Album Review - Metz
By Jamie Wolfert
2012 was Canadian rock trio Metz's year. The Toronto-based band went from relative unknowns to Official Noise Rock Torch Carriers in the blink of an eye. Metz is their debut record on Sub Pop, and since its release, universally adoring reviews have compared the band to Touch and Go heavyweights The Jesus Lizard and Shellac, as well as Dischord artists like Fugazi and Nation Of Ulysses. I've been willfully ignoring the hype about this band all year, so I figured 2013 was as good a time as any to cave to the pressure and give Metz, and Metz, a listen.
My first impression of Metz was that, big surprise, most of the comparisons to other bands were less than accurate. If Metz had come out in 1992 instead of 2012, it certainly would've been at home on Touch and Go or AmRep, but frankly Metz just don't have the chops or the creative palette to warrant a comparison to my beloved Jesus Lizard, nor do they exhibit the ruthless minimalism that makes Shellac so singularly brilliant. And Fugazi...c'mon...not even close. We won't get into that. My point is not that Metz are a lesser band for not living up to these comparisons they've been saddled with by the music press, but that the comparisons are unfair and inaccurate in the first place. But I guess people need familiar reference points and record companies need sales pitches. Oh well. I'm certainly not immune to this sort of thing, and I will concede that Metz's “The Mule” totally reminds me of Big Black, so there you have it.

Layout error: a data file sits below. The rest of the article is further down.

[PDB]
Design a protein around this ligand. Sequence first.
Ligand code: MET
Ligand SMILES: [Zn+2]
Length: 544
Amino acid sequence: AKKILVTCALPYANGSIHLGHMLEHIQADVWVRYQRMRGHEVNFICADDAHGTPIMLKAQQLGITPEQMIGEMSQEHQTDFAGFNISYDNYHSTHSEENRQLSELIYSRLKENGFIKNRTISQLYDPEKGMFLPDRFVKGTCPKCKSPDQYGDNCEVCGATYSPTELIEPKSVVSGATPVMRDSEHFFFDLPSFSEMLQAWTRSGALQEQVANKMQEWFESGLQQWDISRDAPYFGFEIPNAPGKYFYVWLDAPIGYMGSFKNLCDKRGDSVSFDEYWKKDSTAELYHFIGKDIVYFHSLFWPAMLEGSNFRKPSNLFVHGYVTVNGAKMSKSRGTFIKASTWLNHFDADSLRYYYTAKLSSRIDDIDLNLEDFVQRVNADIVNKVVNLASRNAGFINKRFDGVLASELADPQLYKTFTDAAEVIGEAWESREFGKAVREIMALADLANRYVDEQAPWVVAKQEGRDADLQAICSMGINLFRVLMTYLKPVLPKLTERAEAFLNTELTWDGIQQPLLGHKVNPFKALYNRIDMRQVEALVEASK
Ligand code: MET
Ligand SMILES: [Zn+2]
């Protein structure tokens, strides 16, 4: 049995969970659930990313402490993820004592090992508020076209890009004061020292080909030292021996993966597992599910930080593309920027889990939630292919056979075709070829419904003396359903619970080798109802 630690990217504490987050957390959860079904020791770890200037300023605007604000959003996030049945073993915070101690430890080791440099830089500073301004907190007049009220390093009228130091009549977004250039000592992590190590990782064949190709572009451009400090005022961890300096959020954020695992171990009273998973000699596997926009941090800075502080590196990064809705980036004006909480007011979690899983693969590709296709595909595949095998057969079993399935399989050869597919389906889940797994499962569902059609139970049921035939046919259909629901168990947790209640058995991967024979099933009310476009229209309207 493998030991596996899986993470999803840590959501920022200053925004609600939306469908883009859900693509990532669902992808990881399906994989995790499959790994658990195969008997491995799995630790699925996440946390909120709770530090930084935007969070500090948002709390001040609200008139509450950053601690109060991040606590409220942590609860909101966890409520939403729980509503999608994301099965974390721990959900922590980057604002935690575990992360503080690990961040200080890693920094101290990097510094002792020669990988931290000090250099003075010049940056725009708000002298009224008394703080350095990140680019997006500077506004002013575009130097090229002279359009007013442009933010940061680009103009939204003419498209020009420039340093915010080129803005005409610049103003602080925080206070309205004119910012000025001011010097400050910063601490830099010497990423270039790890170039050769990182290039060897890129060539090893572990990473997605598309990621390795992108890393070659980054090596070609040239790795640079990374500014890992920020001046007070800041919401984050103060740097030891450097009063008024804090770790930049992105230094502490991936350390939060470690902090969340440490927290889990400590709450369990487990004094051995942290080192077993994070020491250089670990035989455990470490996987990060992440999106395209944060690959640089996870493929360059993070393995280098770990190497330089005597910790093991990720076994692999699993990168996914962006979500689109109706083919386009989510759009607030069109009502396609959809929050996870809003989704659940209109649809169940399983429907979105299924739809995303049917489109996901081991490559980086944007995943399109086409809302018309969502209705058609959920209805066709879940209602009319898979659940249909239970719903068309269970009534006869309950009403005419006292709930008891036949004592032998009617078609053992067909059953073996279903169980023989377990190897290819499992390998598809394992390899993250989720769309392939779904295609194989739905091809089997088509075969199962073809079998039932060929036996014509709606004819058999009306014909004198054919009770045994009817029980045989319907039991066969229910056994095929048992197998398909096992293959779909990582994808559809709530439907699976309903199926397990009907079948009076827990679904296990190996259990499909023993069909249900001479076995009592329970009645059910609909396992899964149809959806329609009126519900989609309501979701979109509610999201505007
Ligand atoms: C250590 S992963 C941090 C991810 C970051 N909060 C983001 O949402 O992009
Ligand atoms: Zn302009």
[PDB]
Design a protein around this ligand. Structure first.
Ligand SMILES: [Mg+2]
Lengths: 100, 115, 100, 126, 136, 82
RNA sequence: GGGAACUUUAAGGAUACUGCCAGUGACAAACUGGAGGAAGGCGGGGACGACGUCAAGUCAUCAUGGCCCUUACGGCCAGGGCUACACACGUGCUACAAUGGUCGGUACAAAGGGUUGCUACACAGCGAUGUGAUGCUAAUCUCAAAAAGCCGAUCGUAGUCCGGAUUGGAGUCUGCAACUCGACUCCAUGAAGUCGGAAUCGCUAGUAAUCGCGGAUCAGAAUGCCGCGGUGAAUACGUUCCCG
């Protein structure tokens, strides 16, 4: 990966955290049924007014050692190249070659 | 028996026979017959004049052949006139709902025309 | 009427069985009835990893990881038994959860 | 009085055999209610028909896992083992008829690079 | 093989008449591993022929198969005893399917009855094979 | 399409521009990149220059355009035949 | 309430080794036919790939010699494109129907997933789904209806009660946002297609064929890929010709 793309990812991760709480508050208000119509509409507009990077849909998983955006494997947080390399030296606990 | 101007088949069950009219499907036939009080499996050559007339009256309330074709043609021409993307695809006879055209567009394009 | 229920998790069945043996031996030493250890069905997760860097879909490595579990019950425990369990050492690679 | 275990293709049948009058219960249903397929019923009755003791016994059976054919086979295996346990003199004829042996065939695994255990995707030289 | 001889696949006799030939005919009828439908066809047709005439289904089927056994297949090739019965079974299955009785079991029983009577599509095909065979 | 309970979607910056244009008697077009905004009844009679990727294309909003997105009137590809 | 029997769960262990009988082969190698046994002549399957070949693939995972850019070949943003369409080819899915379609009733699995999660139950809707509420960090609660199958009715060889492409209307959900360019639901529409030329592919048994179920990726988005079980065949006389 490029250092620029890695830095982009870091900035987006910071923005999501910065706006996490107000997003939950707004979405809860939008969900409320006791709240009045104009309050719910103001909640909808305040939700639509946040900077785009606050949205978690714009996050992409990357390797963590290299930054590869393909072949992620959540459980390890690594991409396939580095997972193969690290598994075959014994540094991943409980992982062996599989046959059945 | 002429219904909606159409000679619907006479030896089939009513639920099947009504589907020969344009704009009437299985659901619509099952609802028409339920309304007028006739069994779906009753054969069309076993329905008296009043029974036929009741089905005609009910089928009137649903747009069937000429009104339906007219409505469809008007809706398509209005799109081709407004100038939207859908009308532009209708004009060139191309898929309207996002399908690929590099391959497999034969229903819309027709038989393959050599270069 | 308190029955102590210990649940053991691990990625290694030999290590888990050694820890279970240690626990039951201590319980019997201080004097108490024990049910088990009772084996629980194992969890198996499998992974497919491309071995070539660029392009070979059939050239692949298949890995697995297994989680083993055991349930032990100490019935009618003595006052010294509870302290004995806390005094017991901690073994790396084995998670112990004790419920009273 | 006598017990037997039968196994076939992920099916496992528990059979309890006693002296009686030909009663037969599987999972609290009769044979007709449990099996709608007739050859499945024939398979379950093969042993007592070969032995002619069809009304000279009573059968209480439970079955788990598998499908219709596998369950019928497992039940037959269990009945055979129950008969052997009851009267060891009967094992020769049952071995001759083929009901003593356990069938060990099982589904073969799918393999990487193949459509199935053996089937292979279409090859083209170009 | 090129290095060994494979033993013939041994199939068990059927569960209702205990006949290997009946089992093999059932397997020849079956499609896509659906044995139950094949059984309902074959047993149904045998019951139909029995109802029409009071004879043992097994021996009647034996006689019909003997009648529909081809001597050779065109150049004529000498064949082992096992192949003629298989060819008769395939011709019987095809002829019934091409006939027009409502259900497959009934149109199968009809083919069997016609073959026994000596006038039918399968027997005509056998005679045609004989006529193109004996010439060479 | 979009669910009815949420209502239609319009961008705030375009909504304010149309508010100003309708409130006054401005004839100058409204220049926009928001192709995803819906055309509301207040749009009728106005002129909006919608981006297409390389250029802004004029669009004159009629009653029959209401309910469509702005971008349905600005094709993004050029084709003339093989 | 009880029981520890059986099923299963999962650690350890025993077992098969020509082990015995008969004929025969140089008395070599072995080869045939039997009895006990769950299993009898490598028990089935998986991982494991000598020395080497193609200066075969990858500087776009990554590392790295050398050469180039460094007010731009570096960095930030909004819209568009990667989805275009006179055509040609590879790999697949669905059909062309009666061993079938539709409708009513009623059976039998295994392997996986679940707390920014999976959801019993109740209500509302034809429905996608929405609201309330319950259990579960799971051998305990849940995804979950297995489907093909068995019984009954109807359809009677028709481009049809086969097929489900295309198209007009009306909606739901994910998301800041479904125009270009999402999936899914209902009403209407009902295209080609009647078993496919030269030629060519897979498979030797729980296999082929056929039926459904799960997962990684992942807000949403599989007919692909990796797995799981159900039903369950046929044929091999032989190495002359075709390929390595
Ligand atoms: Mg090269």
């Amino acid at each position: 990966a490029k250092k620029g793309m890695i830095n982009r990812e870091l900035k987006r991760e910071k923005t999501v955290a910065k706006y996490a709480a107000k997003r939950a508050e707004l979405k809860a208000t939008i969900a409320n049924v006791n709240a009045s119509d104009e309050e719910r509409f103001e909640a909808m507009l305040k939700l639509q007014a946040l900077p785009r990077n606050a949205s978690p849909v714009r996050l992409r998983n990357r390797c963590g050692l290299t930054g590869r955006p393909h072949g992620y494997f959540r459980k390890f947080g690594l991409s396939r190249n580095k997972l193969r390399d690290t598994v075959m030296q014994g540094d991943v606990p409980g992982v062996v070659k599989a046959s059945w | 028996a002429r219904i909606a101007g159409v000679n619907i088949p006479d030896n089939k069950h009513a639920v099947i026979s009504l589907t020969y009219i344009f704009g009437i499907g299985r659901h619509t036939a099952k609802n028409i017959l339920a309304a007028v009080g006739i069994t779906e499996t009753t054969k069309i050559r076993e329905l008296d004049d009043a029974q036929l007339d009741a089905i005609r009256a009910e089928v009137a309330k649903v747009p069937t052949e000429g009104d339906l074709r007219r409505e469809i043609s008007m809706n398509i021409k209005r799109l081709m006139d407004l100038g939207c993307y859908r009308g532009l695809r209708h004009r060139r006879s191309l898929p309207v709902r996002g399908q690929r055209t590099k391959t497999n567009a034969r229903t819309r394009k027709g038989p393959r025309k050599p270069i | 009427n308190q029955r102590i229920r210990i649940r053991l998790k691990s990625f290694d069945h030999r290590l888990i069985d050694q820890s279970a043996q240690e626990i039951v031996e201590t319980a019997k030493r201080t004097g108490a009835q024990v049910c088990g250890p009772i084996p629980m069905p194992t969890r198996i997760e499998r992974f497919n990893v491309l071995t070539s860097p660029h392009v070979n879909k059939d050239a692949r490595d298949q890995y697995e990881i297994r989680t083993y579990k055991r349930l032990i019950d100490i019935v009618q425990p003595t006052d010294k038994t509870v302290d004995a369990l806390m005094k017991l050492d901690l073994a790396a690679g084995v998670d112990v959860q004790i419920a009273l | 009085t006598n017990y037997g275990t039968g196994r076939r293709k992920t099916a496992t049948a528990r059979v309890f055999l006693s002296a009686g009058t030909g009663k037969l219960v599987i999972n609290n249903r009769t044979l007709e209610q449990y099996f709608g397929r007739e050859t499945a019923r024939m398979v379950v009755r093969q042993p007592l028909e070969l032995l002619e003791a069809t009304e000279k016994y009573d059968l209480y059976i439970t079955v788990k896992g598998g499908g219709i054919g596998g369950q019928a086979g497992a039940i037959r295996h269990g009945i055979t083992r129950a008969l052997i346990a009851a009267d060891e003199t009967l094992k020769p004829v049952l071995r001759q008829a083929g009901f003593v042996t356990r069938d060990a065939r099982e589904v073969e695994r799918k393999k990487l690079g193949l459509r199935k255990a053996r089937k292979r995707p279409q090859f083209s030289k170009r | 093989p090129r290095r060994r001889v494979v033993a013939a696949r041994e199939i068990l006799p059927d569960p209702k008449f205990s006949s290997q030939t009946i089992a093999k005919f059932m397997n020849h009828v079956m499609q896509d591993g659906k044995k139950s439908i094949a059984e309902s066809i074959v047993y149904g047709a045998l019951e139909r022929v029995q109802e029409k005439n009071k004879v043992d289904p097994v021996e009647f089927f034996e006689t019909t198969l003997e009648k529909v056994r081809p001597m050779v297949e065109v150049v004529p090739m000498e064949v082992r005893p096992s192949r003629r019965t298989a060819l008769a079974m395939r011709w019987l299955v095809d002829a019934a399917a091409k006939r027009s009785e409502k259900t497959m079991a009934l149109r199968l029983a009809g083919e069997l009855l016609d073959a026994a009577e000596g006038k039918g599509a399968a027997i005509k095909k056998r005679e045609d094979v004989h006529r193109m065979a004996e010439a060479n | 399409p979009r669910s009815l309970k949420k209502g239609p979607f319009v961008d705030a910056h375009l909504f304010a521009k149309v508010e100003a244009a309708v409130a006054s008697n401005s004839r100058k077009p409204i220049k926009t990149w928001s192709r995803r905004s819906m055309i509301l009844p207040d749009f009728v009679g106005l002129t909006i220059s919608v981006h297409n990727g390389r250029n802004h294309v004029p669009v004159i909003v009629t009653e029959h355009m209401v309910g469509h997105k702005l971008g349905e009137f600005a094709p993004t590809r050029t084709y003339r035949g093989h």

What Metz really are is a great, balls-to-the-wall, post-hardcore power trio. While there is certainly a discernible noise rock influence, these guys are basically just old-school downstroke warriors. That may sound unremarkable, but it isn't. The world has been sorely lacking in old-school downstroke warriors lately, so it's good to see a new band doing it authoritatively. They even sneak in subtle bits of melody and harmony, like those “Ahhhhh-ahhhh” vocals in album opener “Headache”. It's the little things that set Metz apart, and it's one of the reasons this album is so addictive. There really isn't a slow spot on Metz, or even a spot that is less than scorching. They ain't no noise rock band, but if you got a hankerin' for abrasive, unhinged post-hardcore, few bands operating today can approach Metz's intensity and focus.